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Region 2 News Release: 14-949-NEW/BOS 2014-093
June 10, 2014
Contact: Ted Fitzgerald Andre J. Bowser
Phone: 617-565-2075 617-565-2074


US Department of Labor OSHA investigation finds that New York company
violated Sarbanes-Oxley Act by firing worker who reported investor fraud
SpongeTech Delivery Systems Inc. ordered to pay back wages of $31,835

NEW YORK – SpongeTech Delivery Systems Inc. of New York has been ordered by the U.S. Department of Labor's Occupational Safety and Health Administration to pay $31,835.33 in back wages to a former employee who was fired after she reported apparent investment fraud to her superiors.

"The point here is sharp and important: No employee should be fired or otherwise penalized for reporting investor fraud," said Robert Kulick, OSHA's regional administrator in New York. "This employee did the right thing and must be compensated for the unjust job and wage loss that resulted."

In November 2009, the complainant was sent to the Netherlands to represent the company in a trade show. She discovered that the company had no sales in Europe and communicated her concerns about this to company officials. At the time, SpongeTech was under investigation by the Securities and Exchange Commission for publicizing fictitious sales and product orders for the purpose of selling stock. The complainant was terminated on Jan. 11, 2010. She filed a whistleblower complaint with OSHA on April 7, 2010.

OSHA's investigation found that the employee engaged in protected activity under the whistleblower provisions of the Sarbanes-Oxley Act* when she raised concerns to her employers about the veracity of the sales information, and that her protected activity was a contributing factor in her firing. As a result, OSHA is ordering the payment of the back wages. Both the company and the complainant have 30 days from receipt of OSHA's finding to file an appeal with the department's Office of Administrative Law Judges.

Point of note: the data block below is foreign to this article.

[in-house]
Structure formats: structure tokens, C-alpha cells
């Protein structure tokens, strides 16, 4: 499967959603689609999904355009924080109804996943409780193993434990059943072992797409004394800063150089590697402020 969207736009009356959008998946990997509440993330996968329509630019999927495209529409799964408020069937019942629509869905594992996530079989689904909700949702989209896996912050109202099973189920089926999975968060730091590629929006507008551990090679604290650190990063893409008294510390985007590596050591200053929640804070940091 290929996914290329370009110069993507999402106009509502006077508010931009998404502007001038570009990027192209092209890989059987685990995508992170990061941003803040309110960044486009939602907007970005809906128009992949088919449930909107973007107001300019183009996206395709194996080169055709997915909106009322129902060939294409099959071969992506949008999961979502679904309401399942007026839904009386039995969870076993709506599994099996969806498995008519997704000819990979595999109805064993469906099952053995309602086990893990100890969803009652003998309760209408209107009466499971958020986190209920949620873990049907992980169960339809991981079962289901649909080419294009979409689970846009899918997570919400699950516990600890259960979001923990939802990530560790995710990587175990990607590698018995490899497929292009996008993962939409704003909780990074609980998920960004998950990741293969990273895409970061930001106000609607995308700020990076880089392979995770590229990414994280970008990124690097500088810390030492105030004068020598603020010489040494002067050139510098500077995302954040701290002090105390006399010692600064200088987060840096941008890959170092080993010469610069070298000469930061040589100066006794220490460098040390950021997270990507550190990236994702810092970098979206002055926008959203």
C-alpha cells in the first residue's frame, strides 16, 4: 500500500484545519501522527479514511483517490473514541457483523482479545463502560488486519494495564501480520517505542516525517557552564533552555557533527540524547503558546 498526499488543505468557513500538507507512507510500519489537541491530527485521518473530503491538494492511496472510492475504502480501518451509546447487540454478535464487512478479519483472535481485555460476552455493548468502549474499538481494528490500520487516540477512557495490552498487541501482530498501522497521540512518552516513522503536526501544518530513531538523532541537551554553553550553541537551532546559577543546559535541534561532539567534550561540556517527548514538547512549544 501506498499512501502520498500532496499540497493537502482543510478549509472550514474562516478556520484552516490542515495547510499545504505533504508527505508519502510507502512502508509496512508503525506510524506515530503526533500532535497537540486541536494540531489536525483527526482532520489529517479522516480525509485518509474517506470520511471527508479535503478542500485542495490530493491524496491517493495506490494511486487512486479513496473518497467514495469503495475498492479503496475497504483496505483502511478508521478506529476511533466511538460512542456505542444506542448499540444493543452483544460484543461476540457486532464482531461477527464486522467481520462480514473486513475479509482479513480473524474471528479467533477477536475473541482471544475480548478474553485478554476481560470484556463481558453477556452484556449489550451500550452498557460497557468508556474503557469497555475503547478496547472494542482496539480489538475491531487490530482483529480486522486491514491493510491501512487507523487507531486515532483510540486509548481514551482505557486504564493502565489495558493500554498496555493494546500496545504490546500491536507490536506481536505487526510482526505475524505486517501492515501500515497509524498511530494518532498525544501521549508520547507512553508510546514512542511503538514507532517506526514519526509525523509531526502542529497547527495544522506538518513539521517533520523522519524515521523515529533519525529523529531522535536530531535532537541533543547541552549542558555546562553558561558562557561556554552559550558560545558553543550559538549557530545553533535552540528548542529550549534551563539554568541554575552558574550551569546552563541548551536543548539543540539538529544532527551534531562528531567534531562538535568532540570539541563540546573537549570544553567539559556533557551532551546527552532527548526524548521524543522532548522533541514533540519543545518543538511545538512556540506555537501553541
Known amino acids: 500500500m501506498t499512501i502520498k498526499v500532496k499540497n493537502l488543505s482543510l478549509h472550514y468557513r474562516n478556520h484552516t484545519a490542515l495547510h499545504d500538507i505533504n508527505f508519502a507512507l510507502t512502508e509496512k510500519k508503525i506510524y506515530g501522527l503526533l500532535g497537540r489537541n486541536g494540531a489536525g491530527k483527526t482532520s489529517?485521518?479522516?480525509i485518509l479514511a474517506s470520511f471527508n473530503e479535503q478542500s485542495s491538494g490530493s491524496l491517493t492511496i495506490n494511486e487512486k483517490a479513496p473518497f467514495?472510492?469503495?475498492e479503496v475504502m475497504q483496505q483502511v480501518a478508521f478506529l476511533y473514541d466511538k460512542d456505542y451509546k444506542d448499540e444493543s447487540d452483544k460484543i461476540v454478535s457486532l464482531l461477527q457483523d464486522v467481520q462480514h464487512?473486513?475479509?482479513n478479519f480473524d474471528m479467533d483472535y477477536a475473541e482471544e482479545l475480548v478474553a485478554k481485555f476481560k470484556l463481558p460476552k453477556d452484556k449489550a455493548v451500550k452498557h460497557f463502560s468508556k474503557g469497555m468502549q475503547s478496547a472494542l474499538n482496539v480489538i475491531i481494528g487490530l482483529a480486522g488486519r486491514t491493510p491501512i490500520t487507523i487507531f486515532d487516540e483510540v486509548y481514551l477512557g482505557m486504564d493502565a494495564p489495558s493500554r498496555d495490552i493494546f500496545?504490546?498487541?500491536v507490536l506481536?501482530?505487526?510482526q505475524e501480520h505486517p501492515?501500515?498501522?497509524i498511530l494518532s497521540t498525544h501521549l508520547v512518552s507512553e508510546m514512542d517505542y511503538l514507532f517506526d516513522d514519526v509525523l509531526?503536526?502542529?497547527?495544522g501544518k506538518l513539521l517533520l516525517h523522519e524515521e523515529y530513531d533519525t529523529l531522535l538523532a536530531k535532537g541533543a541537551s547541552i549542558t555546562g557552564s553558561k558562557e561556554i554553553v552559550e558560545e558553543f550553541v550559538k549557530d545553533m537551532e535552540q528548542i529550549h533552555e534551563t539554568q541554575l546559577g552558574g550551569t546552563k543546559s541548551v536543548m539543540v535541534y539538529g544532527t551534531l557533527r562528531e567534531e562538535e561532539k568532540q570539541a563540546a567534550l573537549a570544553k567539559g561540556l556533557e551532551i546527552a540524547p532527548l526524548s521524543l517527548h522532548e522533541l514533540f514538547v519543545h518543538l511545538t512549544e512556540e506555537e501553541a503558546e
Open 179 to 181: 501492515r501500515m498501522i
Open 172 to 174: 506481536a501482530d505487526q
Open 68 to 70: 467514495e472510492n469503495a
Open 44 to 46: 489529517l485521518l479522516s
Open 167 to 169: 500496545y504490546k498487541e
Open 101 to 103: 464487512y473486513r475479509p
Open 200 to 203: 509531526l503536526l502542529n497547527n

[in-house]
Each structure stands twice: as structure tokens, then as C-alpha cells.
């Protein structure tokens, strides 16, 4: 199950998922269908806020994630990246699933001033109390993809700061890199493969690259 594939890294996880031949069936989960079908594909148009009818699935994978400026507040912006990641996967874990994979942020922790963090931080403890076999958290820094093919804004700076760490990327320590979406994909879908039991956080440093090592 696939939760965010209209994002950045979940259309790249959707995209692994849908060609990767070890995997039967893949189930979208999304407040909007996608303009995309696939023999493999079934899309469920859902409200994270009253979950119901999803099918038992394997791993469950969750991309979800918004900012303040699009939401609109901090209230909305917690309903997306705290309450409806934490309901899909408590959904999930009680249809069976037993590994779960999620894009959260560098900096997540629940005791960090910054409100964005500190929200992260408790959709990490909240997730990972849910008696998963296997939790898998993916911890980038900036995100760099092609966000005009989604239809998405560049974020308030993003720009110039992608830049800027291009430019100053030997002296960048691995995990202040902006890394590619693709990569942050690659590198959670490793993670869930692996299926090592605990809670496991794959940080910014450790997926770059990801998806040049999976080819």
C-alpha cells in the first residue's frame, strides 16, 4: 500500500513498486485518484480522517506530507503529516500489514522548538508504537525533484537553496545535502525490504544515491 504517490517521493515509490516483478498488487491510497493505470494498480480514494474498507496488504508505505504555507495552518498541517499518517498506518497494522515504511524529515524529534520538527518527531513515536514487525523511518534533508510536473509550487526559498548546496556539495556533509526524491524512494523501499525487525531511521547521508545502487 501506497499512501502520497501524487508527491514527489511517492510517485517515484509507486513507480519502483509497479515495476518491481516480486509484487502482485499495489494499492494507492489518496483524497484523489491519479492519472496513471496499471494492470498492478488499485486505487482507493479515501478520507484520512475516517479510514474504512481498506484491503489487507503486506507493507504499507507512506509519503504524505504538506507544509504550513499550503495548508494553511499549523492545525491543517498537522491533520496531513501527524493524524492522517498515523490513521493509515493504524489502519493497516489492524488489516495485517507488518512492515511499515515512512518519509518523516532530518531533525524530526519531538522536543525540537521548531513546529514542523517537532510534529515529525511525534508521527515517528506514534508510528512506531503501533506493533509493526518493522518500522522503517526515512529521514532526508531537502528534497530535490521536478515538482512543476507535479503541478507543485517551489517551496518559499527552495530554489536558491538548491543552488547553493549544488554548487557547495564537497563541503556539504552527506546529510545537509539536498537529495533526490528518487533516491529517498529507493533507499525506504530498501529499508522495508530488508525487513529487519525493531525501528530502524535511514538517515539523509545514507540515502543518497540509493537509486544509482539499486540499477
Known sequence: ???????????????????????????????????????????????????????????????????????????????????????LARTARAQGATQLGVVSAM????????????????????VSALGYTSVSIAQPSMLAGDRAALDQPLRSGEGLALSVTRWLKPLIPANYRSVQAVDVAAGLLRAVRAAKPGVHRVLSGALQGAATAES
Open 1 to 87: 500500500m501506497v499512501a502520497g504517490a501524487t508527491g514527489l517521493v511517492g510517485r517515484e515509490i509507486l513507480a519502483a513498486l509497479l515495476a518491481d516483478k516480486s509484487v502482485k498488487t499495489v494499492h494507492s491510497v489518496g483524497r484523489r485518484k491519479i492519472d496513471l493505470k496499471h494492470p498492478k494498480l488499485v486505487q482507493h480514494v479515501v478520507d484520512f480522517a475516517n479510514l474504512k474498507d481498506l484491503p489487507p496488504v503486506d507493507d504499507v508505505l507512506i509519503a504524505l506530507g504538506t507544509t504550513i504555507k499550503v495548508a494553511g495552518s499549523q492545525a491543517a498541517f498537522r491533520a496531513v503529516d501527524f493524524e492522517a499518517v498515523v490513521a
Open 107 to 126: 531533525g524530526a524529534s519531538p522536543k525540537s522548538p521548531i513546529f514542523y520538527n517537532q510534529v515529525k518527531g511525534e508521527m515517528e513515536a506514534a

Michael Metter, the company's chief executive officer, and Steven Moskowitz, its chief operating officer, pled guilty in January 2013 and August 2011, respectively, to criminal charges related to the investor fraud that led to the employee's termination.

OSHA enforces the whistleblower provisions of Sarbanes-Oxley and 21 other statutes protecting employees who report violations of various airline, commercial motor carrier, consumer product, environmental, financial reform, food safety, health-care reform, nuclear, pipeline, worker safety, public transportation agency, maritime and securities laws. Employees who believe that they have been retaliated against for engaging in protected conduct may file a complaint with the secretary of labor to request an investigation by OSHA's Whistleblower Protection Program. Detailed information on employee whistleblower rights, including fact sheets, is available at

Under the Occupational Safety and Health Act of 1970, employers are responsible for providing safe and healthful workplaces for their employees. OSHA's role is to ensure these conditions for America's working men and women by setting and enforcing standards, and providing training, education and assistance. For more information, visit

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Editor's note: The U.S. Department of Labor does not release the names of employees involved in whistleblower cases.

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